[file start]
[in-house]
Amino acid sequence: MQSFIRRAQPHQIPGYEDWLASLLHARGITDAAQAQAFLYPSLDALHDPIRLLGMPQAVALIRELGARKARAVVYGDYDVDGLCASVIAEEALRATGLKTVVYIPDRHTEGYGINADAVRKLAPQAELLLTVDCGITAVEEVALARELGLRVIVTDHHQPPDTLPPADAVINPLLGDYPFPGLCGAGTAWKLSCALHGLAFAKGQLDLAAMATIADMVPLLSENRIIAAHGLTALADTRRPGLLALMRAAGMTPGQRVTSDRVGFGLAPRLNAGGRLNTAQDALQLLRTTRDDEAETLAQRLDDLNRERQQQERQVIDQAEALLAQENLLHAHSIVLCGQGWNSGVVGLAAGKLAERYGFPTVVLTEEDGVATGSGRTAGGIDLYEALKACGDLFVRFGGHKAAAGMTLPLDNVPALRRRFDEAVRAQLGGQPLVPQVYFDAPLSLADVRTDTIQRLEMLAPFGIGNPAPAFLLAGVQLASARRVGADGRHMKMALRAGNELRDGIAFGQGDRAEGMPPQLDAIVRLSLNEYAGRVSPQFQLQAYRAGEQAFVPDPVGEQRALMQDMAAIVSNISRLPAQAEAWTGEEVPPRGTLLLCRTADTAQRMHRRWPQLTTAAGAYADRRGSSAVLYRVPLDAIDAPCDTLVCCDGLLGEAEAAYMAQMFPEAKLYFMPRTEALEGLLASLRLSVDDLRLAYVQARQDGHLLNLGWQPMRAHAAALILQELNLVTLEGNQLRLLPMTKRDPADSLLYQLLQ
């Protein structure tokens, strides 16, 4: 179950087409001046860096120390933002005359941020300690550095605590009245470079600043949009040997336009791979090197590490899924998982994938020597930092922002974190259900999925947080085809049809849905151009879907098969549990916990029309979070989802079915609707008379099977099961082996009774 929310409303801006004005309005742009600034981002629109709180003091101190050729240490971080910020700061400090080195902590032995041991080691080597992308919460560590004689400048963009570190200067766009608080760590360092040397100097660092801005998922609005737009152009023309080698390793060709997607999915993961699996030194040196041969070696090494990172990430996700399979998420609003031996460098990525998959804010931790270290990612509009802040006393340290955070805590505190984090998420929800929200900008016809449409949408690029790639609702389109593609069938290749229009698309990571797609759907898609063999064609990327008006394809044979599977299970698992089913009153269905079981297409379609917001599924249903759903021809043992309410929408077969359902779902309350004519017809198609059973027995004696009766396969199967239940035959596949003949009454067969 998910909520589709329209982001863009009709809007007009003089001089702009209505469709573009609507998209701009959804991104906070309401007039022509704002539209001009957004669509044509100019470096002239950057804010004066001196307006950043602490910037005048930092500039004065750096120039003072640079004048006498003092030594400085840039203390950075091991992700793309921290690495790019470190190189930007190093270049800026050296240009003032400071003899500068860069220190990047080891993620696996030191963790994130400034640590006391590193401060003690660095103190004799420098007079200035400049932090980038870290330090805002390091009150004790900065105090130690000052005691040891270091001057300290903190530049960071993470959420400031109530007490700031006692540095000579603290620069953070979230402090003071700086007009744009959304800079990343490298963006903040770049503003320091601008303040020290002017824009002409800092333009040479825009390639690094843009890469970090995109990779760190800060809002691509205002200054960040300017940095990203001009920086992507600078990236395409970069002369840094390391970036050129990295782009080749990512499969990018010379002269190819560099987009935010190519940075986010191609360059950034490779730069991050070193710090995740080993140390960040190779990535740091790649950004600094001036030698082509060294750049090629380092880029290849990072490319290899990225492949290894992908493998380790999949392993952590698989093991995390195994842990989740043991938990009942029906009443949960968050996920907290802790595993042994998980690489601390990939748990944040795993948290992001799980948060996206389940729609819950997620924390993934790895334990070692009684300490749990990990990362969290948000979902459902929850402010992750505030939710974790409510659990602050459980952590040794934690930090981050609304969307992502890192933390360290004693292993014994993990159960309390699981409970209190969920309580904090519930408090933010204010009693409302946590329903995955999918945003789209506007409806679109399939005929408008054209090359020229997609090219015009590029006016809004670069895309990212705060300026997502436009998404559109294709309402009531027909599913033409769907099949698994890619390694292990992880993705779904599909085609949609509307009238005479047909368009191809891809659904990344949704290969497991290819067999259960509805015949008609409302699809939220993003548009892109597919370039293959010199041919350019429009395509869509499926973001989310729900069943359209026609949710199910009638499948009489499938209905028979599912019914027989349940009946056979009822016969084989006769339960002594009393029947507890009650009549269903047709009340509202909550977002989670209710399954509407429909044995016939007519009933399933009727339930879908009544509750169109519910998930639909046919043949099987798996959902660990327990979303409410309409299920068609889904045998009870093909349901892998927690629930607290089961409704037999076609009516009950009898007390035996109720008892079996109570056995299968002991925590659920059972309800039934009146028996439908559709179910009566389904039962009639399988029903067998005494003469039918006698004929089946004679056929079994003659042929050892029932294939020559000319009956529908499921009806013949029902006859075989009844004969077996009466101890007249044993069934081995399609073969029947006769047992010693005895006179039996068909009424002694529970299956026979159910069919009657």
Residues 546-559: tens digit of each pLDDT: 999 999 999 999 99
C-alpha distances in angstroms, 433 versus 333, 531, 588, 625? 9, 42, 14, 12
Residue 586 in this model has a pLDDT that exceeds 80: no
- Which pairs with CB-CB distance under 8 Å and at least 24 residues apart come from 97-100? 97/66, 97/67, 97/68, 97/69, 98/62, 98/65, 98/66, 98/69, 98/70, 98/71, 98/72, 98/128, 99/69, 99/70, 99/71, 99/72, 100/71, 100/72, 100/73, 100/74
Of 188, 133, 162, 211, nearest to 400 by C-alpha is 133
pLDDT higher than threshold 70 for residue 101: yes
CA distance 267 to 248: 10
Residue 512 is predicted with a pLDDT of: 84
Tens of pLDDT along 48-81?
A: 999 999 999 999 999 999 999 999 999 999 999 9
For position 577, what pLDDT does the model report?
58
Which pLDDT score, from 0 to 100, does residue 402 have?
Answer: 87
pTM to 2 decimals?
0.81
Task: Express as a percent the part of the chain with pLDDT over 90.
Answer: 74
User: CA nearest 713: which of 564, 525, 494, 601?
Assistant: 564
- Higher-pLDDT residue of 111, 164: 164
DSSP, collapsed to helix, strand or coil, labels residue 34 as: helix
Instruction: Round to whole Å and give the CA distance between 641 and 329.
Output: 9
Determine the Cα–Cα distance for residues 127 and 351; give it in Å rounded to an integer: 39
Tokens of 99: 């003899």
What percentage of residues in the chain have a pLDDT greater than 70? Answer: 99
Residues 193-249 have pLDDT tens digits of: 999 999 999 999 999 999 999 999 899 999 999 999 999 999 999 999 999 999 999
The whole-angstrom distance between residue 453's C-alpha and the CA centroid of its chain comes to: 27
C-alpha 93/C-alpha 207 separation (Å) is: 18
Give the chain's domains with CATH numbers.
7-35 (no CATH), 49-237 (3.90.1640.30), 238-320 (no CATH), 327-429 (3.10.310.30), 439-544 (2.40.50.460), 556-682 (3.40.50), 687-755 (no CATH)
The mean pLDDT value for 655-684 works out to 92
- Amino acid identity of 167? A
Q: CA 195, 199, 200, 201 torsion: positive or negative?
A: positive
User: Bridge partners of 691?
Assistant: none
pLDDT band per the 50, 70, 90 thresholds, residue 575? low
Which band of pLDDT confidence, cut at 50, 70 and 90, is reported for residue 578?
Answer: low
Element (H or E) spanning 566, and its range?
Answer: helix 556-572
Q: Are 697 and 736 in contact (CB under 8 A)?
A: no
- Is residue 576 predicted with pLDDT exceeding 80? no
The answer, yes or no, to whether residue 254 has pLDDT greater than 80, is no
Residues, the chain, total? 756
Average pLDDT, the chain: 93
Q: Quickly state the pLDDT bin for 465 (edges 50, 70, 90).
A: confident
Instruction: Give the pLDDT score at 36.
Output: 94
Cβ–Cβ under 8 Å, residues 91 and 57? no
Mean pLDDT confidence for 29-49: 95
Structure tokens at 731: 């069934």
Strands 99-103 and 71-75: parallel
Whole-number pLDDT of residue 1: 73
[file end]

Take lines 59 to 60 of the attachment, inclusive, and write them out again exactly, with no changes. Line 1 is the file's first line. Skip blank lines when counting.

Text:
Structure tokens at 731: 């069934």
Strands 99-103 and 71-75: parallel